If that really is the case, it will be fascinating to see whether those hard leavers who have been proclaiming that holding a second referendum would betray the will of the people (including those sadly now deceased), maintain that position.

  15. Somerjohn

    I wouldn’t have any problem at all. The will of the people was clearly expressed in the first referendum and that should be implimented by Parliament. Any action by Parliament that doesn’t do that is clearly against the will of the people. It really is so straightforward.

  16. Brexit deal

    when all the smoke clears:

    1. The UK and EU will do a trade deal and we will not exit on WTO terms; this is confirmed by Barnier.

    2. The base line deal is the canadian style deal. Sensible planning should be based on this. this is the very minimum.

    3. We should enter transition on the basis of moving to that.

    4. we should use the time up to transition and transition itself to extend the canadian model into mutiually beneficial areas.

    5. No trade deal needs to be set in stone and isa creature that can be developed over time.
    6. So ,bank the canadian deal and talk about the add ons like financial services. If the EU wishes to charge for passporting then provided they do so for all nations then let the banks pay it. I see no reason why the taxpayers of northern England for example should subsidise American bank profits

  17. @ Somerjohn @ Danny: It seems leave are trying to revive it because they foresee parliament overturning the first one unilaterally. Wonderful how positions reverse!

    Its not surprising to me: each side believes that the best future for UK is the one they espouse, despite protestations about “democratic will” and “principled positions” both sides will use any tactic to achieve their aim, call me cynical but that’s how politics works. The reason for the Remoaner label and the settled will of the people is Leavers trying to silence opposition, similarly references to the poor economic outcomes, democracy being fluid and the public being allowed to change their mind are vehicles by which Remainers try to achieve their objectives.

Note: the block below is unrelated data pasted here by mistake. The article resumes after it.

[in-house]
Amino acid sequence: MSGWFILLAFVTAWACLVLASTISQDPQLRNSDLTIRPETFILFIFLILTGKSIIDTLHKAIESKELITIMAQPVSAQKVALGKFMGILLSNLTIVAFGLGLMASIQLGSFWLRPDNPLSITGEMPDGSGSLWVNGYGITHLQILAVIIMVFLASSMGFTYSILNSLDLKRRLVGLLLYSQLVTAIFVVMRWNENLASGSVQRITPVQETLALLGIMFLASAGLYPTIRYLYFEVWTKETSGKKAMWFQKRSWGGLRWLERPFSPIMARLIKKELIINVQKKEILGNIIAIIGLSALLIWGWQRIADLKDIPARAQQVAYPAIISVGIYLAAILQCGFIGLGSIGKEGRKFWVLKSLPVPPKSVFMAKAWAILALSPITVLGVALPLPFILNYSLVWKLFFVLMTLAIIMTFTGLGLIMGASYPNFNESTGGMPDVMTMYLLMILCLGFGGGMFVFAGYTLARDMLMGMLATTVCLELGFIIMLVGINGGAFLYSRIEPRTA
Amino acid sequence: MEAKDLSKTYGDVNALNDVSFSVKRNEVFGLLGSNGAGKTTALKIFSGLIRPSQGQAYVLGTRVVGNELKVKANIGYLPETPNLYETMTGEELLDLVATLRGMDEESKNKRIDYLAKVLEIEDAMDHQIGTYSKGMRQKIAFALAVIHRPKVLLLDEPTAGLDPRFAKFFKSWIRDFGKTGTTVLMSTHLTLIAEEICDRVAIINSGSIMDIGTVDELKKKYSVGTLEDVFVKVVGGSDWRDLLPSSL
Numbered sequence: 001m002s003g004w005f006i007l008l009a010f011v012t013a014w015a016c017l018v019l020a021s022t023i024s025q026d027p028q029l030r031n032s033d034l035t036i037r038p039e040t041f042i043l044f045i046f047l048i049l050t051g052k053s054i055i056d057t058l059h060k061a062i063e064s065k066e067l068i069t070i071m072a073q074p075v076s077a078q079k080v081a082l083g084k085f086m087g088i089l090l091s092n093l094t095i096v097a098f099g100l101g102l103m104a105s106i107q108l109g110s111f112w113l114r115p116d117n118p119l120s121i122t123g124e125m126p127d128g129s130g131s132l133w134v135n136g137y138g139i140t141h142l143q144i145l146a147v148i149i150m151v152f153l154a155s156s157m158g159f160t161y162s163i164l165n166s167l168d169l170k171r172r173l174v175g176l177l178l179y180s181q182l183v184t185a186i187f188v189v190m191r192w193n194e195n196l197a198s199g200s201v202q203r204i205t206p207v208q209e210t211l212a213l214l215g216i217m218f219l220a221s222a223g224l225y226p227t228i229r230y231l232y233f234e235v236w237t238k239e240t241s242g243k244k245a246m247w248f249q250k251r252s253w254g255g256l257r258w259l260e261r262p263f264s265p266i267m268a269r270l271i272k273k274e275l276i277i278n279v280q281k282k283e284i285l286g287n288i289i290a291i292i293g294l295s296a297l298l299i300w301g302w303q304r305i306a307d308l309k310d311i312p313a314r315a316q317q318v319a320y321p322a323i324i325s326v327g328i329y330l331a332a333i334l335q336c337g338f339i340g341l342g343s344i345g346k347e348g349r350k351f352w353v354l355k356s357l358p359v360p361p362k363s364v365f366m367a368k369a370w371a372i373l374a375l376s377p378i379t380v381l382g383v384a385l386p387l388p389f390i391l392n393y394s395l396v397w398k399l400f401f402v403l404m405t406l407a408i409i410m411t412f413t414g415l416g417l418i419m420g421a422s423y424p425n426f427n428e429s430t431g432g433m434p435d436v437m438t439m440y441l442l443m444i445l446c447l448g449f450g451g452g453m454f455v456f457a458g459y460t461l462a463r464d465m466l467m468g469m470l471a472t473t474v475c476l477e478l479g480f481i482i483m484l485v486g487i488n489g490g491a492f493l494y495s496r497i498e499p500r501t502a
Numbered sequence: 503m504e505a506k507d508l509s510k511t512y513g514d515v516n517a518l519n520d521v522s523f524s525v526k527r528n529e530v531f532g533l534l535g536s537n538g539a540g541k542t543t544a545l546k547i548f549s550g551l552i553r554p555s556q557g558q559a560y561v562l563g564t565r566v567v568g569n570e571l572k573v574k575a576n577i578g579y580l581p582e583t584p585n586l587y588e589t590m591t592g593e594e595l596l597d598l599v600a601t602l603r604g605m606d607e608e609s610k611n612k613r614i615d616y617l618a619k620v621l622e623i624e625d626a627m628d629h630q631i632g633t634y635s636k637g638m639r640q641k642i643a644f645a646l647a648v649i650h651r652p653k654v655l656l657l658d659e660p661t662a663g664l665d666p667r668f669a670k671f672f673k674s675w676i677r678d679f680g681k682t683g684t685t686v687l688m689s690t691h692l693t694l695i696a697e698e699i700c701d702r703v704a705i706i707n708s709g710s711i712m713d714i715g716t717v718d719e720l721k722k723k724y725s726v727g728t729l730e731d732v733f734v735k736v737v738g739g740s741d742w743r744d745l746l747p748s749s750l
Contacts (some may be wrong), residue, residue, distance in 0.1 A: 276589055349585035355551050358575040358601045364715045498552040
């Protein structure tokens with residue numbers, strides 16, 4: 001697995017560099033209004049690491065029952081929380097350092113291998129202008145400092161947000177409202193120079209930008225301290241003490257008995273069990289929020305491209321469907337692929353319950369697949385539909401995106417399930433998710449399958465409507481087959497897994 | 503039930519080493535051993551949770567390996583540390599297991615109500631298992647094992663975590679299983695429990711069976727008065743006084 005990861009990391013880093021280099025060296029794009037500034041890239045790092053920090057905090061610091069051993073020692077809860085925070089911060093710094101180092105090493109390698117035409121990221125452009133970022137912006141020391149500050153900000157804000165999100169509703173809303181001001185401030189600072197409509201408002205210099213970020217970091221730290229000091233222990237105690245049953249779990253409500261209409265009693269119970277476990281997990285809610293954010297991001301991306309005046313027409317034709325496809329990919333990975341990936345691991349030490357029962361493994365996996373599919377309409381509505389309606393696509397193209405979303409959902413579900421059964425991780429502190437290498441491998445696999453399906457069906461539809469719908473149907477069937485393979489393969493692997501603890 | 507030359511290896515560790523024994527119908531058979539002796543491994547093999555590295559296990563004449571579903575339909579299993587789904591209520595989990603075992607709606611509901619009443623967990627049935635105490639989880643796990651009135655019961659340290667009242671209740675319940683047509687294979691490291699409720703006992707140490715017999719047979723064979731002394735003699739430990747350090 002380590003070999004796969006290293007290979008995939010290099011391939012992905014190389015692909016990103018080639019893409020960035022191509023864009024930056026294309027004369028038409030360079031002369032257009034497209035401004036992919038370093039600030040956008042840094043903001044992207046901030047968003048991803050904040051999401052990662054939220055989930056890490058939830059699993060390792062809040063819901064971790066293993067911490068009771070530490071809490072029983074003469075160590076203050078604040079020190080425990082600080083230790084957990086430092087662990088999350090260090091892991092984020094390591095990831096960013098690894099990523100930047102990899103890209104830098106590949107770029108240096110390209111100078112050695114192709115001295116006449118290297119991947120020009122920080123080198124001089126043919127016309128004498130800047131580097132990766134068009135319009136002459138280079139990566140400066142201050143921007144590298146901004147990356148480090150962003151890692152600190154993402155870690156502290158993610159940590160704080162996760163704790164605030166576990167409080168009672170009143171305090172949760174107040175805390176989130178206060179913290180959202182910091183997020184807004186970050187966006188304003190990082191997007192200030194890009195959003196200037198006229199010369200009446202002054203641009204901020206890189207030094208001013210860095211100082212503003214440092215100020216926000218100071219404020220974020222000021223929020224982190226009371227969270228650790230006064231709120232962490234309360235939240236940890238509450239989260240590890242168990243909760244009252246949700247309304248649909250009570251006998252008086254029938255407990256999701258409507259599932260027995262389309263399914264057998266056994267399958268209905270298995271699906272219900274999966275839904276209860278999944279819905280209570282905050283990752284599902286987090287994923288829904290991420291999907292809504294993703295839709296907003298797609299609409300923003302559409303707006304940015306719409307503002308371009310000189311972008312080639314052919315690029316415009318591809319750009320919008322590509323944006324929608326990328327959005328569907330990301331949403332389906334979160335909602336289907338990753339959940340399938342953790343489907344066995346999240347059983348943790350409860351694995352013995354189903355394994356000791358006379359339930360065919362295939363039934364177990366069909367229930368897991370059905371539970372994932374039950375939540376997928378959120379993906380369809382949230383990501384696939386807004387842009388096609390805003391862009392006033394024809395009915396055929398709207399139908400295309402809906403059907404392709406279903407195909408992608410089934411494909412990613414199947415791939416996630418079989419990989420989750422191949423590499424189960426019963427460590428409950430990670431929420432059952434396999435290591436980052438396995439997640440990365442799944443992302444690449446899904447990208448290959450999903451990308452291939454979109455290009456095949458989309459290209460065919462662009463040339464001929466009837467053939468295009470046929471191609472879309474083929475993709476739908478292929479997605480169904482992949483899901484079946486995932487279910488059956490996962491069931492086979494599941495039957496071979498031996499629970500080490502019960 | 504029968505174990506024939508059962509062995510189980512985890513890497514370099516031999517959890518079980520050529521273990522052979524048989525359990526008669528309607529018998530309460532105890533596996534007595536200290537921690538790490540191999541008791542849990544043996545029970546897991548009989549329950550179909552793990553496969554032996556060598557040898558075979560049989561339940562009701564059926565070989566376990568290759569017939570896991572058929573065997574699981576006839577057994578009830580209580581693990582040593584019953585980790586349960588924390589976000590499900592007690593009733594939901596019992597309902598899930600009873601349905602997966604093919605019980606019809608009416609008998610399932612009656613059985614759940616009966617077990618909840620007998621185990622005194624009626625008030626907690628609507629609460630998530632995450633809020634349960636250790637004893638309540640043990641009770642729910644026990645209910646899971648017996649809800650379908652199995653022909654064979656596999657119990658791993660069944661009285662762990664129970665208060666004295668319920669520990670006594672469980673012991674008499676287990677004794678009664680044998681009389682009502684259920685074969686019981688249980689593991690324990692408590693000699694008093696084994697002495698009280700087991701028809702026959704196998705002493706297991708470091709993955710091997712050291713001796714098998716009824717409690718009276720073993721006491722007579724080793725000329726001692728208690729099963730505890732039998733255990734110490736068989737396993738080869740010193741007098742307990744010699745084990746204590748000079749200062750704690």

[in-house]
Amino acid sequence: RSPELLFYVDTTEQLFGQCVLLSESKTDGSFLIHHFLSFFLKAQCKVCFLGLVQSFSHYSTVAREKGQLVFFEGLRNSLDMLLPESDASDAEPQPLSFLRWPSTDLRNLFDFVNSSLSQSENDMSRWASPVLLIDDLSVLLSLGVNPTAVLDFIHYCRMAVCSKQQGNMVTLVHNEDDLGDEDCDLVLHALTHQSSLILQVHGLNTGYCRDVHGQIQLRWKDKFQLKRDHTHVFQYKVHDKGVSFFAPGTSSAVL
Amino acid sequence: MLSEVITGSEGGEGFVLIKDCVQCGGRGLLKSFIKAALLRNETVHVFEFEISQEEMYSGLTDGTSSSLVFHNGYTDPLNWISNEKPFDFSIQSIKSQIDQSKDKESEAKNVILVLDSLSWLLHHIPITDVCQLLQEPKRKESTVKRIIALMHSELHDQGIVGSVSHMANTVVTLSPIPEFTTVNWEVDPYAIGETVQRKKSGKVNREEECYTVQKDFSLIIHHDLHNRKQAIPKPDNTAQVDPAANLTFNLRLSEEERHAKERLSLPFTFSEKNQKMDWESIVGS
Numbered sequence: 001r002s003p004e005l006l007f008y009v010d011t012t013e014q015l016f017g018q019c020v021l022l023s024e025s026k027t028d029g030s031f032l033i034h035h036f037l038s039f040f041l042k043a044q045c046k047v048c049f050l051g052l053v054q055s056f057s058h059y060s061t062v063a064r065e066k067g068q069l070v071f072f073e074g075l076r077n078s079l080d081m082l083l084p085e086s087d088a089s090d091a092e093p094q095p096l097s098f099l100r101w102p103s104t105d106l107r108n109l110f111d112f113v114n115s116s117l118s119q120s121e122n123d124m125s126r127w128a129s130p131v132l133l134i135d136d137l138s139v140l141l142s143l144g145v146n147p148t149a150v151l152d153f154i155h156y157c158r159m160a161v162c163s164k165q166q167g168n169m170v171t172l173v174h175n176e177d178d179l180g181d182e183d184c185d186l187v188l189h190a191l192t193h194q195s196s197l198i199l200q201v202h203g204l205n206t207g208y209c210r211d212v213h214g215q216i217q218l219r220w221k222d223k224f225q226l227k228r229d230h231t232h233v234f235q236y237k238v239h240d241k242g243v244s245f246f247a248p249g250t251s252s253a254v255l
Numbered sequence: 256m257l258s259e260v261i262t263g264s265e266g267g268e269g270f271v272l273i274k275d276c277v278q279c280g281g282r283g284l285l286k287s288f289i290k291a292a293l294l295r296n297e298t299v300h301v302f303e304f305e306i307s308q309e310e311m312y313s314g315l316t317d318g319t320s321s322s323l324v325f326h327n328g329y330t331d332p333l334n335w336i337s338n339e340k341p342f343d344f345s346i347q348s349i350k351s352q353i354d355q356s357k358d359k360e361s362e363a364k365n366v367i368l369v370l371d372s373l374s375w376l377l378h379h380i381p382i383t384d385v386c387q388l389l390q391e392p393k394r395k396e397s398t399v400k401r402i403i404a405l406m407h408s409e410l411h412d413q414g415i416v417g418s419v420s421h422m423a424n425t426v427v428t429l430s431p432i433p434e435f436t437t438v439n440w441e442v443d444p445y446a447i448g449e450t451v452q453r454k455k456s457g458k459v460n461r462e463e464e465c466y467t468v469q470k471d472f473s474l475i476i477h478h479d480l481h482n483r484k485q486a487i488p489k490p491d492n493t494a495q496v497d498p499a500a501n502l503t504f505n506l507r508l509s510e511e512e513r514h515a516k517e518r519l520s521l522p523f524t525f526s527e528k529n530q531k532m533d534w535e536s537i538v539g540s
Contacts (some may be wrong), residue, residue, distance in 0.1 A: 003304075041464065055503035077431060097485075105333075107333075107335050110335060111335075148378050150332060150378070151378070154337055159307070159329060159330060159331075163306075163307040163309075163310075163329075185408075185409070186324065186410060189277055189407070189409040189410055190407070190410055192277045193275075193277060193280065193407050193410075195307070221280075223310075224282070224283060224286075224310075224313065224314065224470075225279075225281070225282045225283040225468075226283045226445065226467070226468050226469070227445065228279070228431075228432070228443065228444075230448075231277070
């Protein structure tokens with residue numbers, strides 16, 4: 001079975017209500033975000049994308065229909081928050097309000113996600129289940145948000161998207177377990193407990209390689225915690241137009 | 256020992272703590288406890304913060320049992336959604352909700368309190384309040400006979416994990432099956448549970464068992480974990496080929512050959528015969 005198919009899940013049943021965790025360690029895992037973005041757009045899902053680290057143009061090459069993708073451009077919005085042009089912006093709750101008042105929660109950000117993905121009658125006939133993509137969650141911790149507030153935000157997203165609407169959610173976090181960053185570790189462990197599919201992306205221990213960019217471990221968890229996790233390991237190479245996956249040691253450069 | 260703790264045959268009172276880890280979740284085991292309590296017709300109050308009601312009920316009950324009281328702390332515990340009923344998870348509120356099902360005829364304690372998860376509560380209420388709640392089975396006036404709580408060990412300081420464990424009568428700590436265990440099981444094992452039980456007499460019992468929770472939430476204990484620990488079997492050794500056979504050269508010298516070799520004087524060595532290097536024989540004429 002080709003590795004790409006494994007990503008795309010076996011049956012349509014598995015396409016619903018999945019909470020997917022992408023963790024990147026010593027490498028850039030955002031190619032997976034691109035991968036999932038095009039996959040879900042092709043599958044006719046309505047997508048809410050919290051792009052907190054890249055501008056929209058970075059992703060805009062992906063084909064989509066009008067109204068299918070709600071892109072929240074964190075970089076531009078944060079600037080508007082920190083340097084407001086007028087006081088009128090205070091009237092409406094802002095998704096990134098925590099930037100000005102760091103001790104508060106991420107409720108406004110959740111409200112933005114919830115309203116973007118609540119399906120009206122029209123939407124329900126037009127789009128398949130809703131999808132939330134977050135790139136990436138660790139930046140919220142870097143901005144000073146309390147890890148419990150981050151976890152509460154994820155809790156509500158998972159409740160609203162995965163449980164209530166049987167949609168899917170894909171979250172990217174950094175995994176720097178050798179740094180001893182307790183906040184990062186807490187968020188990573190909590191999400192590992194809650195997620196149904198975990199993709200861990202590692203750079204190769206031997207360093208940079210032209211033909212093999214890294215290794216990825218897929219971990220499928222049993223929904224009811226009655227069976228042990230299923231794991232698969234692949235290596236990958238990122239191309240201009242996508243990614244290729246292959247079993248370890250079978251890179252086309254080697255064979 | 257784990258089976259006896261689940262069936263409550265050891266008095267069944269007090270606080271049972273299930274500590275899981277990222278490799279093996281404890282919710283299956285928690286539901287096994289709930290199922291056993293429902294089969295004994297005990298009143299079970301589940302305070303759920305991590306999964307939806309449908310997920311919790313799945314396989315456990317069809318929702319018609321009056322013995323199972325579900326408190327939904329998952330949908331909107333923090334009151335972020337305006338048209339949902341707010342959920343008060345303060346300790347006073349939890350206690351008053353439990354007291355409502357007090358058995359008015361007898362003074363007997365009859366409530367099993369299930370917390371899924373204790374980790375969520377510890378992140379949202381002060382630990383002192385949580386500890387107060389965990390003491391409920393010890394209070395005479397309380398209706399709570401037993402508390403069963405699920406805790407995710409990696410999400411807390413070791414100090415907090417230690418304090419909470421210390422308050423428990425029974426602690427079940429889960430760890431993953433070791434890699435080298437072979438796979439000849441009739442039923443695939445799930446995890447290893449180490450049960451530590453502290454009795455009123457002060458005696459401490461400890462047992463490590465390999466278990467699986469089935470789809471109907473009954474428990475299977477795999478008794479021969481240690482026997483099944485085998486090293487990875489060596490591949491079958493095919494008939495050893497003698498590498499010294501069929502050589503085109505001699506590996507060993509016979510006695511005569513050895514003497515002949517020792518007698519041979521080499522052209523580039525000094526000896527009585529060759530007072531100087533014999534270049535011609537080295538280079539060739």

Personally, I wish those in favour of remain would stop using economic arguments as the means of attacking the Leave project. Economics, British opt outs, British ministers intransigence in dealing with our neighbours has been the narrative of the past forty years, continuing an “us v them” mentality. It has been the way in which, over forty years, the narrative has played into Leavers hands. Instead I wish the narrative was about the high ideals of a European Project which espouses human rights, equality, the rule of law and other democratic values as being the reasons for embracing European Union.
    I have concluded that the doldrums in the polls, insofar as it is connected to Brexit, is because no side “loves” the EU and therefore although they are remainers a large group of voters are critical remainers and are prepared to accept Labour’s ambiguity on Brexit over the Conservatives apparent lack of ambiguity because they see this as a purely economic argument as to what Brexit is least damaging. This is in contrast to my own view which is that the UK is abandoning one of humanity’s greatest attempts at creating a large, economically secure but more importantly democratic and kindly state.
    I have said before as I have aged I have come to feel that political choices are more a matter of aesthetics rather than rational choices, I believe that the “aesthetics” of the European Union have been distorted in the public imagination because of the narrow “rational” arguments that have been presented by both sides.

  18. AW

    Please could you provide a list of automod words, I have just spent 20 minutes composing, what I thought was a thoughtful post, with no obvious triggers to be put into moderation, it becomes very frustrating.

  19. WB @ AW

    The word which trips me up most is l!ar when embedded inside a longer word. You probably have this or a similar “trigger” word accidentally inside a more complex one.

  20. TOH: I wouldn’t have any problem at all.

    Wouldn’t have any problem with what, Howard?

    Do you mean you would have no problem in U-turning and supporting a second referendum if it became clear that that was the only way to save brexit?